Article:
Saving for a down payment when you have a boatload of bills is no easy task, but first-time homebuyers with good credit have an edge: They often can put just 3% down, and they have access to a host of down payment assistance programs.
A down payment gift from a family member, and sometimes a close friend, is allowed for most loan types. Then there are gifts of equity from home sellers.
Smart Ways to Save Up for a Down Payment
Here’s the lowdown on down payments, from 3% to 20%, to buy a home before you go shopping for a mortgage.
1. Low Down Payment Mortgages
Conventional loans, the most common type of mortgage, are offered by private mortgage lenders, such as banks, credit unions and mortgage companies. Many of those lenders allow a down payment of 3% for a fixed-rate conventional conforming loan.
To qualify, borrowers usually will need to have a credit score of at least 640 and a debt-to-income ratio of 43% or less. Income limits may apply.
Putting 20% down will allow a borrower to avoid private mortgage insurance (PMI) on a conventional loan.
Government-backed loans like FHA and USDA mortgages are designed to help low- to moderate-income borrowers or those with lower credit scores.
An FHA loan requires as little as 3.5% down on one- to four-unit owner-occupied properties as long as the borrower occupies the building for at least one year. To qualify for 3.5% down, your credit score must be 580 or higher. Someone with a credit score between 500 and 579 may qualify to put 10% down.
A VA loan, for veterans, active-duty military personnel, National Guard and Selected Reserve members, and some surviving spouses, requires no down payment. Borrowers can buy a property with up to four units, as long as the borrower occupies the property throughout the ownership. There is no stated minimum credit score, but generally speaking, lenders require a minimum credit score of 580 to 620 to qualify.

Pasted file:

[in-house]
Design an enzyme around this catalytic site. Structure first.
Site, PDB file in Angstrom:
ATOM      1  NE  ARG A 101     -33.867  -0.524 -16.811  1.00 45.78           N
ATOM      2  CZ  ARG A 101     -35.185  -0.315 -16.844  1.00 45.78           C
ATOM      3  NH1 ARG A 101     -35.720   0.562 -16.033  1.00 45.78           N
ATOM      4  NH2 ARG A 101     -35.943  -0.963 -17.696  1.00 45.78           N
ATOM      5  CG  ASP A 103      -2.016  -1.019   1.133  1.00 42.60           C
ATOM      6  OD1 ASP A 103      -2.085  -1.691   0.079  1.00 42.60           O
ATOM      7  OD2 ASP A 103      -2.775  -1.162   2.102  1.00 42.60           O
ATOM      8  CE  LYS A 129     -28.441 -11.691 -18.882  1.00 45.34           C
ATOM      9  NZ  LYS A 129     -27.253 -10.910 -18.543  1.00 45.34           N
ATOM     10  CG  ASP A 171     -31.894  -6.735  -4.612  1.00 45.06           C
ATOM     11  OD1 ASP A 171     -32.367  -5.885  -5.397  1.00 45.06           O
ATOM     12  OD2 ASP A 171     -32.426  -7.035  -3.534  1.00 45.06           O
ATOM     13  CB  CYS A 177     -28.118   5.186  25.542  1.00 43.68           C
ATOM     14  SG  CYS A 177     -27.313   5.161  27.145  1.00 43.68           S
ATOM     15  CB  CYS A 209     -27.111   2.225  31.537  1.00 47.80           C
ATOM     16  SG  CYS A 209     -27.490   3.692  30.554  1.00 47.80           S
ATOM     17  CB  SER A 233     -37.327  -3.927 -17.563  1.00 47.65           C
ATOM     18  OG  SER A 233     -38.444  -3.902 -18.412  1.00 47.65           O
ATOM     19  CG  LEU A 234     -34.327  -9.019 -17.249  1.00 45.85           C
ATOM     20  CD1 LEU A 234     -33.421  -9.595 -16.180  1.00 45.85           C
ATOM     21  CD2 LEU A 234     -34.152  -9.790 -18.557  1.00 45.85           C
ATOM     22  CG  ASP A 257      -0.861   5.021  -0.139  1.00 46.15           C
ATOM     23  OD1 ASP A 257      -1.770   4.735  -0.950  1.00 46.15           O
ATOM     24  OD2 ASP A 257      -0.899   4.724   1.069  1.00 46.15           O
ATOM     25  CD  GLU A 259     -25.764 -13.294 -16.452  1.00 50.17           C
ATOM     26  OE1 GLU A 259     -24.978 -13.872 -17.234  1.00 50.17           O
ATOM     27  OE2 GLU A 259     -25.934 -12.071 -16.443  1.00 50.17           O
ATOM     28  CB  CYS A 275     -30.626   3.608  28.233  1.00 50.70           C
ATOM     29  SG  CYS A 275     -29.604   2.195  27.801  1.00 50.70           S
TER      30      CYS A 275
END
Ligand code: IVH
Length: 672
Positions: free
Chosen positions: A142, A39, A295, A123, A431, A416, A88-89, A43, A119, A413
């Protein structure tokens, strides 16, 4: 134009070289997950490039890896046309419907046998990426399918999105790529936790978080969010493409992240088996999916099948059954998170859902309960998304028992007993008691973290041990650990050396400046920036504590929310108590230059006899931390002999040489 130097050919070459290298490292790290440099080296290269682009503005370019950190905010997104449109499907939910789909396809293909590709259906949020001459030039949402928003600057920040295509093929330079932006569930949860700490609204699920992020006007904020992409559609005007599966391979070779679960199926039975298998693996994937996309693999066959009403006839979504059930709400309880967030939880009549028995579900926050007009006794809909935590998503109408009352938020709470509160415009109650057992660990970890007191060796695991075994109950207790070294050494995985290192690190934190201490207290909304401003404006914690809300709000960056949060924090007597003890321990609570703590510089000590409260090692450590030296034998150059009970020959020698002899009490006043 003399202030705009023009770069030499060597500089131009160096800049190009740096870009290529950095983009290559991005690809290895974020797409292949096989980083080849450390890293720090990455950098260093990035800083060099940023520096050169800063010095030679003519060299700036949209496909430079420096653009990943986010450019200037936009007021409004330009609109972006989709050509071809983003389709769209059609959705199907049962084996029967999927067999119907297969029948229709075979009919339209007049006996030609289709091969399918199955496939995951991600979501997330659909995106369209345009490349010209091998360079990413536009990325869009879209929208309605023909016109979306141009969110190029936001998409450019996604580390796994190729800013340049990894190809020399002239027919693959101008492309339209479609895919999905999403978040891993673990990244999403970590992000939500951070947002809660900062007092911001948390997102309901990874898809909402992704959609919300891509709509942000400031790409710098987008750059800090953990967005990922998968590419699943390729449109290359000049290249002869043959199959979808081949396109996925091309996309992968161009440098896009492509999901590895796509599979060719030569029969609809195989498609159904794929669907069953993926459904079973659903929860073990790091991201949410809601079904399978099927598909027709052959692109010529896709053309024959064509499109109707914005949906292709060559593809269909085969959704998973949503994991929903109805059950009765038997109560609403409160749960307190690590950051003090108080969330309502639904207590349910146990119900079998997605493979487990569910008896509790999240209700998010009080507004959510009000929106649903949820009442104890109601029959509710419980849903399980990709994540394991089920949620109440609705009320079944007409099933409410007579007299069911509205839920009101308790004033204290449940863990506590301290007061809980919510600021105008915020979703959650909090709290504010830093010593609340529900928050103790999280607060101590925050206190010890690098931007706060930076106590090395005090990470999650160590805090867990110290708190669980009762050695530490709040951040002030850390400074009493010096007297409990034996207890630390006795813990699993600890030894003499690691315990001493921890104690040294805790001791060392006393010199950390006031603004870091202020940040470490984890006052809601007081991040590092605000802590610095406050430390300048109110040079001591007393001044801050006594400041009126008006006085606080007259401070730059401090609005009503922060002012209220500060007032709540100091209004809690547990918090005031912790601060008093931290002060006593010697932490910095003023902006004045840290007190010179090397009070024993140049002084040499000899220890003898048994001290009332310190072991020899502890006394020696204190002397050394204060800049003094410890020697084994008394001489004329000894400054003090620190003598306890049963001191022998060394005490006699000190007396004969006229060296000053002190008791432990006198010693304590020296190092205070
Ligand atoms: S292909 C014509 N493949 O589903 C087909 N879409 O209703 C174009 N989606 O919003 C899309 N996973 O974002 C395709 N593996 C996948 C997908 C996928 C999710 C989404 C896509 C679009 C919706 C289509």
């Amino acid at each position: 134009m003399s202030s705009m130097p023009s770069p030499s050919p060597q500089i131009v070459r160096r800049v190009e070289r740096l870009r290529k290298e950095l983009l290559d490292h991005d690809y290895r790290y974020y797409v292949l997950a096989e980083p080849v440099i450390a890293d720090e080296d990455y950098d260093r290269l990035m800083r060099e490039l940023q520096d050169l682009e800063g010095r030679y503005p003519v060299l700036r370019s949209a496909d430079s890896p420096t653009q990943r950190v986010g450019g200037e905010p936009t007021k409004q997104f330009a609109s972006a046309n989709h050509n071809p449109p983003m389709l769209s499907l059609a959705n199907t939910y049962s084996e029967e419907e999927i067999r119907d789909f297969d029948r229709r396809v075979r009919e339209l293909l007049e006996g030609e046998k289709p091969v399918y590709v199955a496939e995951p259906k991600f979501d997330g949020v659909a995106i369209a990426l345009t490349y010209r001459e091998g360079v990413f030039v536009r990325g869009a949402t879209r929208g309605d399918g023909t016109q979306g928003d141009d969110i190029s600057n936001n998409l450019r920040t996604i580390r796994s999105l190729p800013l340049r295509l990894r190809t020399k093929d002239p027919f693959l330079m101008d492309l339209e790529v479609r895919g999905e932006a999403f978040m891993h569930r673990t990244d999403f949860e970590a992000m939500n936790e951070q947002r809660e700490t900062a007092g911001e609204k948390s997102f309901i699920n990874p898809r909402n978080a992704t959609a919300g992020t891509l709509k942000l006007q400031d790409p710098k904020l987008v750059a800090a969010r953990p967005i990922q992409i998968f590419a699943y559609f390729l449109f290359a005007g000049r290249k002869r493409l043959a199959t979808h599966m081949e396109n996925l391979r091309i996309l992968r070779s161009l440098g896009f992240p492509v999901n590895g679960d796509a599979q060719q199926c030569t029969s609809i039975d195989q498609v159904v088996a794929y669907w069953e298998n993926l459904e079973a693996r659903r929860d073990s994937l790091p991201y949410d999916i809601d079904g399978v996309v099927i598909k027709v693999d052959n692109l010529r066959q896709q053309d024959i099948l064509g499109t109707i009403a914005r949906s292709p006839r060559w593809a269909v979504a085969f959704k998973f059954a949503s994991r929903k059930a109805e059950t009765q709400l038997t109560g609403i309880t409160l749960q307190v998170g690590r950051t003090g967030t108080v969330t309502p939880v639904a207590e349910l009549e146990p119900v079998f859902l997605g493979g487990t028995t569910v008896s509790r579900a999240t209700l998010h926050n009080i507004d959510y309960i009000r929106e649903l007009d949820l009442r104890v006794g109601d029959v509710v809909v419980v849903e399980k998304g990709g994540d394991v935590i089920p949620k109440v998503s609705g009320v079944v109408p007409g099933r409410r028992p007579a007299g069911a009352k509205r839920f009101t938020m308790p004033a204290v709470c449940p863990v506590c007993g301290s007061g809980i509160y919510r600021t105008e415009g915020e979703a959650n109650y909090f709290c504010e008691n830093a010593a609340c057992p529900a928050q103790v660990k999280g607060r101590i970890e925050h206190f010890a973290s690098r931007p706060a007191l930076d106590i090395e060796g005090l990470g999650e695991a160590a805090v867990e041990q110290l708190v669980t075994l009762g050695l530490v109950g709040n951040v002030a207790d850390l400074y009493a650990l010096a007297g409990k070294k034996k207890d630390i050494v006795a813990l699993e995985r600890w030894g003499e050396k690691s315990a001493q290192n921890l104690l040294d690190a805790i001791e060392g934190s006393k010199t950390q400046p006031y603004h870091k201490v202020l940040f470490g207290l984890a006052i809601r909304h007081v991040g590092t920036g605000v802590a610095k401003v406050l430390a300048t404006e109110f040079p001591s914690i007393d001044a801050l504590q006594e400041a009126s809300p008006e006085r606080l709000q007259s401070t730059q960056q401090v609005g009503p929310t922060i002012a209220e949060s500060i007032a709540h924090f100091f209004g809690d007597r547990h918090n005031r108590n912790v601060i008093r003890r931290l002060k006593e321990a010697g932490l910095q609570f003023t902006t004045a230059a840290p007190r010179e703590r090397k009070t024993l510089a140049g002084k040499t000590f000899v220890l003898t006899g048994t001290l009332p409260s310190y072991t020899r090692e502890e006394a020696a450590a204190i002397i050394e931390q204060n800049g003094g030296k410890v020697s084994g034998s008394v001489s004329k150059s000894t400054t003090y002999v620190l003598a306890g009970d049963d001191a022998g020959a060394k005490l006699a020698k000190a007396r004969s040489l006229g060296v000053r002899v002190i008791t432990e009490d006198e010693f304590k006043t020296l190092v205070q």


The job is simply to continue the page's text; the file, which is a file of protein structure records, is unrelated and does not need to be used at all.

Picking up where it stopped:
A USDA loan, for properties in eligible rural and suburban areas, also requires no down payment. Lenders typically want to see a credit score of at least 640, and household income can’t exceed 115% of the area’s median household income.
USDA and VA loans typically come with lower interest rates than conventional or FHA loans, but a USDA loan requires a guarantee fee, a VA loan requires a funding fee, and an FHA loan, upfront and annual mortgage insurance premiums (MIP).
It pays to understand PMI vs. MIP in understanding the total costs of your loan.
And lender-paid mortgage insurance has its pros and cons.
2. State and Local Down Payment Assistance
State, county, and city governments and nonprofit organizations offer down payment assistance programs to help get first-time homebuyers into homes. (By the way, the definition of who qualifies as a first-time homebuyer is more expansive than it seems.)
Down payment assistance may come in the form of grants or second mortgage loans with various repayment or loan forgiveness provisions.
HUD steers buyers to state and local programs.
The National Council of State Housing Agencies has a state-by-state list of housing finance agencies; each offers a wealth of information designed to boost housing affordability and accessibility.
3. Down Payment Gifts
“Hey, Mom and Dad (or Uncle Clyde or Aunt Betty, or My Dear Girlfriend), I’d love it if you gave me a large cash infusion to help me buy a house.” It just rolls off the tongue, right? In fact, one or more loved ones may be willing to pitch in toward your down payment or closing costs.
Under conventional loan guidelines, gift money for a principal or second home is allowed from someone related by blood, marriage, adoption, or legal guardianship, or from a domestic partner or fiance. There’s no limit to the gift, but conventional loans may require borrowers to come up with a portion of the down payment.